4 Bootstrapping Marketing Ideas That Won’t Break the Bank
4 Bootstrapping Marketing Ideas That Won’t Break the Bank
Bootstrapping has become an especially popular strategy for today’s entrepreneurs, startups, and small businesses. Don’t know what that is? In essence, it is the concept of starting a business with very little cash, spending only when you need to spend, and increasing your budgets only as it is merited. Bootstrapping ensures that the founders have only themselves to answer to rather than venture capitalists and angel investors — and that they keep the bulk of the profits, too.
However, bootstrapping does present a catch-22 of sorts. By definition, bootstrapped businesses don’t have a lot of extra cash lying around, and yet they have an even more urgent need to fund a marketing budget than a Fortune 500 company with millions to spend in ad buys alone. What to do?
Time to get scrappy and creative, as is the startup way.
Create Meaningful Connections With Social media
Hands down, one of the most important tasks in a bootstrapped company’s daily life is working on actively growing and connecting with your following via social media. Putting aside paid ads for now, Twitter to Facebook, Pinterest, LinkedIn and Google+, social media is as free as they come. Each of these platforms level the playing field and together they are one of the few direct access routes available for reaching motivated customers.
But that’s the rub: if those connections are going to have any value. No customer, no matter how intrinsically motivated, wants to be barraged daily with @mentions that are little more than overly casual advertisements. Instead, bootstrapping startups should focus their efforts on building relationships with followers through retweets, favorites, and replies. As part of your everyday routine, set aside time to scour the web for interesting content to share that establishes your expertise, and Tweet about it in a voice that is unique to your brand. Set an editorial calendar and begin creating your own expert content that can be shared on your social media feeds. If you haven’t got much time, focus on quality rather than quantity. Eventually, you’ll want to start creating industry-leading branded content as well, but for that you’ll need writers, designers, and a budget.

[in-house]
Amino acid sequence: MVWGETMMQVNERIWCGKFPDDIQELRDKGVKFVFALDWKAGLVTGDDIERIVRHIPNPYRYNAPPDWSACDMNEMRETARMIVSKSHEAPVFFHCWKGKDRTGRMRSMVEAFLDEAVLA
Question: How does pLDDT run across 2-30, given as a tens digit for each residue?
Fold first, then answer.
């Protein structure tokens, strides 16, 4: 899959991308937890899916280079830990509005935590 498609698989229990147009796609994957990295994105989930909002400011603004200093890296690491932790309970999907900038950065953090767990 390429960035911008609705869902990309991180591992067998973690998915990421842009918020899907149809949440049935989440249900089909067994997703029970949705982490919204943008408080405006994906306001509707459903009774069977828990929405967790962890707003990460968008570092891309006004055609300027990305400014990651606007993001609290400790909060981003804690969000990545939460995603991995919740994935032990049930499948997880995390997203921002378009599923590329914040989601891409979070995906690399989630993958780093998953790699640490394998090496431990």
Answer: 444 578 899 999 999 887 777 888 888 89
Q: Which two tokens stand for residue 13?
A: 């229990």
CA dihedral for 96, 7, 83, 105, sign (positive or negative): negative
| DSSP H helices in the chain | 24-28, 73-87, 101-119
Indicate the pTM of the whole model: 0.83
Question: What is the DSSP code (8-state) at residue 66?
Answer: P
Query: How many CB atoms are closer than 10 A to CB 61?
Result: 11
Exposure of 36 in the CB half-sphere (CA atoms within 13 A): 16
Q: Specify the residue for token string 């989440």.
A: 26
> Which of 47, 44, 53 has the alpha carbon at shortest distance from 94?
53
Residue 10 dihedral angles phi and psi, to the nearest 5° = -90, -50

And of course, don’t forget to keep it fun. Playing games on social media can be a highly engaging strategy. Trivia questions, photo contests, and even location-based treasure hunts will get your followers competing and participating at record rates.
No matter what strategies you embrace, social media is a must for bootstrapping businesses.
Do a Giveaway
When you’re launching a new company, it’s important to get your product out in front of influential customers. While you may not have a warehouse full of product that you can give to customers for free, even giving away one to the right customer can be helpful, as they’ll spread news about your product to their vast network. While the prize itself should generate excitement, giveaways are all about the buzz as you promote on social media sites as well as on your blog and through your email marketing. That means that you could also give away a grand prize that’s unrelated to your company but alluring to a wide audience.